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From Fouad Ajami, an acclaimed author and chronicler of Arab politics, comes a compelling account of how a generation of Arab intellectuals tried to introduce cultural renewals in their homelands through the forces of modernity and secularism. Ultimately, they came to face disappointment, exile, and, on occasion, death. Brilliantly weaving together the strands of a tumultuous century in Arab political thought, history, and poetry, Ajami takes us from the ruins of Beirut's once glittering metropolis to the land of Egypt, where struggle rages between a modernist impulse and an Islamist insurgency, from Nasser's pan-Arab nationalist ambitions to the emergence of an uneasy Pax Americana in Arab lands, from the triumphalism of the Gulf War to the continuing anguished debate over the Israeli-Palestinian peace accords.
For anyone who seeks to understand the Middle East, here is an insider's unflinching analysis of the collision between intellectual life and political realities in the Arab world today.
From the Trade Paperback edition.
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The Arab world, writes Palestinian scholar Fouad Ajami, has been beset for years by divisions: religious, social, economic, and political. Many of these divisions came to the fore during the time of the Persian Gulf War, a "foreigners' rescue" in response to Saddam Hussein's attempt to seize Kuwait, which was, Ajami hints, in part a reaction against Iranian designs on the Gulf. Even those Arab intellectuals who supported Allied intervention at the time are now questioning whether it was the best solution to what they believe was a local problem. Ajami writes of the role of some of these intellectuals in shaping the culture of the region, among them the Lebanese writer Khalil Hawi, who committed suicide in the wake of Israel's invasion of his country in 1982. He also examines the terror that religious fundamentalists have been visiting on secular states such as Egypt, "a country with a remarkable record of political stability" that, Ajami believes, will be able to ride out the present storm. Ajami's essays will be most revealing for students of contemporary politics and Arabic history.From the Back Cover:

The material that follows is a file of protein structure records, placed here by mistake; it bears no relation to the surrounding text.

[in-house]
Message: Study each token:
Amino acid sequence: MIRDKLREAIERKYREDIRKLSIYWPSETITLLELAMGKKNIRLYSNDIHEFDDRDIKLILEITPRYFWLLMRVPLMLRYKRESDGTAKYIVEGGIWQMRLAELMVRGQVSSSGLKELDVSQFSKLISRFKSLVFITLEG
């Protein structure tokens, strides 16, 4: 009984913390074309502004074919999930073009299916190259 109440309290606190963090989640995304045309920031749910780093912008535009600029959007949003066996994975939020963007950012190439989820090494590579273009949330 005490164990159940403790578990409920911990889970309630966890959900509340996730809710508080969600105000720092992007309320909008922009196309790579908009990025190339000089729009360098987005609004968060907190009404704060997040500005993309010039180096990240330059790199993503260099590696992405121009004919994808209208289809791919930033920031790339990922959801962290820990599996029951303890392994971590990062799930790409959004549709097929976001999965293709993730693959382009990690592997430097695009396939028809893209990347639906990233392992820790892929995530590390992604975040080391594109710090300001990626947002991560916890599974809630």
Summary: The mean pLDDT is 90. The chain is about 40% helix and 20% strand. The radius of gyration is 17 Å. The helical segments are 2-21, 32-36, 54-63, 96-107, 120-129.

"An important and illuminating book . . . a valuable testament to a tragic generation that tried to bridge the Arab past with modern ideals." --The New York Times
"The Dream Palace of the Arabs is an absorbing and sadly moving account of what political and economic failures on a grand scale have meant in human terms and at an individual level." --The Washington Post Book World
"Eloquent. . . . A clear-eyed look at the lost hopes of the Arabs. It opens the door to the thought processes of a society whose motivations have been little understood and often feared. The Dream Palace of the Arabs is a courageous book." --The Christian Science Monitor
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Book Description Pantheon, 1998. Hardcover. Condition: New. Hardcover and dust jacket. Good binding and cover. Clean, unmarked pages. Ships daily. Seller Inventory # 1702080314
Book Description Pantheon, 1998. Hardcover. Condition: New. Seller Inventory # DADAX0375401504
Book Description Pantheon, 1998. Hardcover. Condition: New. Never used!. Seller Inventory # P110375401504
Book Description Pantheon. Hardcover. Condition: New. 0375401504 New Condition. Seller Inventory # NEW7.0115612